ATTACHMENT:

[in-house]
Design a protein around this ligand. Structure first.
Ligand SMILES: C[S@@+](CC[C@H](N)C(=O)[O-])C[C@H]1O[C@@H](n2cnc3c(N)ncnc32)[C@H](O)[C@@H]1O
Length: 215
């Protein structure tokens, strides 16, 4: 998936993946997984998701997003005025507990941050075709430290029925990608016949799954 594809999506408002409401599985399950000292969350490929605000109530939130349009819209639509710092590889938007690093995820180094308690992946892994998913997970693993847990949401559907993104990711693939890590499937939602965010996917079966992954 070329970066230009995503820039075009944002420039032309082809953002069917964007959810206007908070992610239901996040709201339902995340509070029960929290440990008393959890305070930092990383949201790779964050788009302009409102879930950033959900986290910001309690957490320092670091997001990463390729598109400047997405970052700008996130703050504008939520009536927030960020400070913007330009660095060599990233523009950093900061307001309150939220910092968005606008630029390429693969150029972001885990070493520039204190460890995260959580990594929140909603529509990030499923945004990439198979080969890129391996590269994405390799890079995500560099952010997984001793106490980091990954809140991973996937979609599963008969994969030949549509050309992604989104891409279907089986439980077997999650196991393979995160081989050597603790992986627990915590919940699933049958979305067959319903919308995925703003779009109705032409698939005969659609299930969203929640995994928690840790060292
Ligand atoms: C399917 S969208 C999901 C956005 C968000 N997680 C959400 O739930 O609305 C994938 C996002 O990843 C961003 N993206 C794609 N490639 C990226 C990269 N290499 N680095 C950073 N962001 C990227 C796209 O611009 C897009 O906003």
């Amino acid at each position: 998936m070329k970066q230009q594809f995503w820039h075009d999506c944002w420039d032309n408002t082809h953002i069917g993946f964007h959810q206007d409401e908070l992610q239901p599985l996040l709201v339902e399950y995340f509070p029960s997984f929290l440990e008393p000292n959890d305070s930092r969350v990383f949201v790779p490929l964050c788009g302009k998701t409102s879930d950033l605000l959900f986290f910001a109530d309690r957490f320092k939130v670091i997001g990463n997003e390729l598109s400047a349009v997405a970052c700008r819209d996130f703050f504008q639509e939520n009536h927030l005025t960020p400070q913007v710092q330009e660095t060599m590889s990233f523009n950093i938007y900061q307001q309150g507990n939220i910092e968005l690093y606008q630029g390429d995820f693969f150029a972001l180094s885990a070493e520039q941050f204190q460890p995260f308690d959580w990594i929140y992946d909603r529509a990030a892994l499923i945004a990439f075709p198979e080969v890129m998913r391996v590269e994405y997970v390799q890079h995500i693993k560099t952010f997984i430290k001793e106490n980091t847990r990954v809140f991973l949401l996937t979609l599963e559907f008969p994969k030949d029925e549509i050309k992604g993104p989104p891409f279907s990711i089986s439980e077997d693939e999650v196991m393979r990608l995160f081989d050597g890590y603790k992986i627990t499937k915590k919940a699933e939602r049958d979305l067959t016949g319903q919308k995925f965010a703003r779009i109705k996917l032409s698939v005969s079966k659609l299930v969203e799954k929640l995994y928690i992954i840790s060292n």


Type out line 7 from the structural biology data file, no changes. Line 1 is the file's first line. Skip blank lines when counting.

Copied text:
């Amino acid at each position: 998936m070329k970066q230009q594809f995503w820039h075009d999506c944002w420039d032309n408002t082809h953002i069917g993946f964007h959810q206007d409401e908070l992610q239901p599985l996040l709201v339902e399950y995340f509070p029960s997984f929290l440990e008393p000292n959890d305070s930092r969350v990383f949201v790779p490929l964050c788009g302009k998701t409102s879930d950033l605000l959900f986290f910001a109530d309690r957490f320092k939130v670091i997001g990463n997003e390729l598109s400047a349009v997405a970052c700008r819209d996130f703050f504008q639509e939520n009536h927030l005025t960020p400070q913007v710092q330009e660095t060599m590889s990233f523009n950093i938007y900061q307001q309150g507990n939220i910092e968005l690093y606008q630029g390429d995820f693969f150029a972001l180094s885990a070493e520039q941050f204190q460890p995260f308690d959580w990594i929140y992946d909603r529509a990030a892994l499923i945004a990439f075709p198979e080969v890129m998913r391996v590269e994405y997970v390799q890079h995500i693993k560099t952010f997984i430290k001793e106490n980091t847990r990954v809140f991973l949401l996937t979609l599963e559907f008969p994969k030949d029925e549509i050309k992604g993104p989104p891409f279907s990711i089986s439980e077997d693939e999650v196991m393979r990608l995160f081989d050597g890590y603790k992986i627990t499937k915590k919940a699933e939602r049958d979305l067959t016949g319903q919308k995925f965010a703003r779009i109705k996917l032409s698939v005969s079966k659609l299930v969203e799954k929640l995994y928690i992954i840790s060292n």